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A. A. N. Patrinos and K. O. Bowman

Abstract

A statistical technique for the treatment of data from weather modification experiments is presented. This work, a part of the Meteorological Effects of Thermal Energy Releases (METER) Program, is aimed at determining the potential precipitation modification effects of the Bowen Electric Generating Plant near Cartersville, Georgia. For that purpose a network of 49 recording raingages and four recording windsets situated on a square (42 km side) grid was installed in early 1978.

The statistical technique utilizes a design which resembles the crossover statistical design used in cloud seeding studies and employs the distributional properties of the sample skewness and kurtosis. Based on the storm data from the above network for the period February 1978-August 1978 the technique demonstrates an anomaly in the target area rainfall with a 90% confidence level. This anomaly is interpreted as a plant-induced modification of the spatial variability of rainfall volume.

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Martin J. Leach and A. A. N. Patrinos

Abstract

The existence of coastal fronts and their effects on deposition patterns in the Washington, D.C. area are presented in this paper. The data are from an experiment conducted from October 1986 to March 1987. An earlier paper by Patrinos et al. presented the details of the deposition patterns. The results presented in that paper were not entirely consistent with the experiment's hypothesis; that is, synoptic-scale southeasterly surface flow would produce excess deposition northwest of the city. Instead, excess deposition was found to the southeast of the urban area. This paper examines the meteorology more closely and shows how small-scale meteorological circulations influence the flow fields and deposition patterns. The wind fields in the experiment area were more northerly to northeasterly in response to coastal circulations, rather than southeasterly as expected from the synoptic conditions. The meteorology and deposition patterns from four cases are presented, with evidence of coastal circulations apparent in three of the four cases.

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A. A. N. Patrino, N. C. J. Chen, and R. L. Miller

Abstract

Spatial correlations based on monthly rainfall totals from northwest Georgia for the period 1949–77 are studied. This work, a part of the Meteorological Effects of Thermal Energy Releases (METER) Program, determines natural variability rainfall trends and assists the field studies of potential precipitation effects of the Bowen Electric Generating Plant near Cartersville, Georgia. The spatial correlations, based on the overall record as well as the stratified data in terms of “wet” and “dry” seasons, are investigated with regard to distance between stations, wind direction and topography. The results indicate a strong dependence of the spatial correlation patterns on the prevailing storm tracks in the area.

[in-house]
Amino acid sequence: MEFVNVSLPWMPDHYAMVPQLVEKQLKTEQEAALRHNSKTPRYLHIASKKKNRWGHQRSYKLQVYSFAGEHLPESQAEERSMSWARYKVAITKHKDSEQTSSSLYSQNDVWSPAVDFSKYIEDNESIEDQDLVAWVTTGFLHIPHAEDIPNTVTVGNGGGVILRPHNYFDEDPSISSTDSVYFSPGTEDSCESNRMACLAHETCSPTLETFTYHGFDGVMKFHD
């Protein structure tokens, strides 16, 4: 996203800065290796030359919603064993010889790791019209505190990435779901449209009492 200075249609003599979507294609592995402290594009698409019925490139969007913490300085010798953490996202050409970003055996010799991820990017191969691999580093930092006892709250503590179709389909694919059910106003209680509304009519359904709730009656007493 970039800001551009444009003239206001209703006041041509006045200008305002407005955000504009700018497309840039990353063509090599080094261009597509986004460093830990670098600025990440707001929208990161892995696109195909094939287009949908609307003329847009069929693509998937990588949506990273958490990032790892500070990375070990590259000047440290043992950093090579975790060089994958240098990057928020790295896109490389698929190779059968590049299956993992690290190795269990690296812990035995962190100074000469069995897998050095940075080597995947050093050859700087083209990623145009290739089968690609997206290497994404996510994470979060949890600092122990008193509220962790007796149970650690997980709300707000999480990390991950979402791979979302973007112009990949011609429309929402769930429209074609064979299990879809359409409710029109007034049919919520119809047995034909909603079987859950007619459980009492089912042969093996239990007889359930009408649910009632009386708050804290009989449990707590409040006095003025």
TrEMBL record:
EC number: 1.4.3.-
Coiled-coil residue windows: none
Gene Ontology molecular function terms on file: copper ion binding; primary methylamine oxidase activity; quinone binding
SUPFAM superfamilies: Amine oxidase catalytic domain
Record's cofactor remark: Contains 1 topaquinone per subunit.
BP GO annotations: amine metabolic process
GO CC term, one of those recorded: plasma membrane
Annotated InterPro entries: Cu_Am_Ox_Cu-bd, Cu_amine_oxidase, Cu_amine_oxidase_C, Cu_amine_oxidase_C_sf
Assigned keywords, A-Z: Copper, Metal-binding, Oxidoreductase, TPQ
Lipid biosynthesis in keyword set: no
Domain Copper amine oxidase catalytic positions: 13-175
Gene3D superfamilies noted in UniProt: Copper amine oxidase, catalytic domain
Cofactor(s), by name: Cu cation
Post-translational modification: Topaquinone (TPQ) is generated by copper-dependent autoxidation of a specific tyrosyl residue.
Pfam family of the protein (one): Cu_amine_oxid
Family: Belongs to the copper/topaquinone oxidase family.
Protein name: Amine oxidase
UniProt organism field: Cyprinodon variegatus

A method is developed using the spatial correlation as an indicator of effects in weather modification experiments. This method is based on the generation of empirical distribution functions by randomization for various sample sizes. The application of this technique to the Plant Bowen study in a control-target statistical design reveals preliminary positive evidence of rainfall modification in the target area.

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A. A. N. Patrinos, M. J. Leach, R. M. Brown, R. L. Tanner, and F. S. Binkowski

Abstract

A field study in the Washington, D.C. area explored the impact of urban emissions and mesoscale meteorology on precipitation chemistry. The study was a follow-up to an earlier, considerably more industrialized, study in the Philadelphia area; emissions along the Delaware Valley were found to affect the deposition of nitrate and sulfate on the urban mesoscale. The Washington studies were designed to complement and enhance the earlier study with an expanded sampling domain, sequential precipitation sampling and airborne measurements. Four storms were sampled successfully between October 1986 and April 1987. Results appear to confirm the conclusions of the Philadelphia study, although the upwind-downwind contrast in nitrate and sulfate deposition is not as pronounced. This difference is attributed to the area's widely distributed emission patterns and to the prevailing theories regarding the production of nitric acid and sulfuric acid on the relevant time and space scales. The importance of mesoscale meteorology and hydrogen peroxide availability is highlighted in at least two of the sampled storms.

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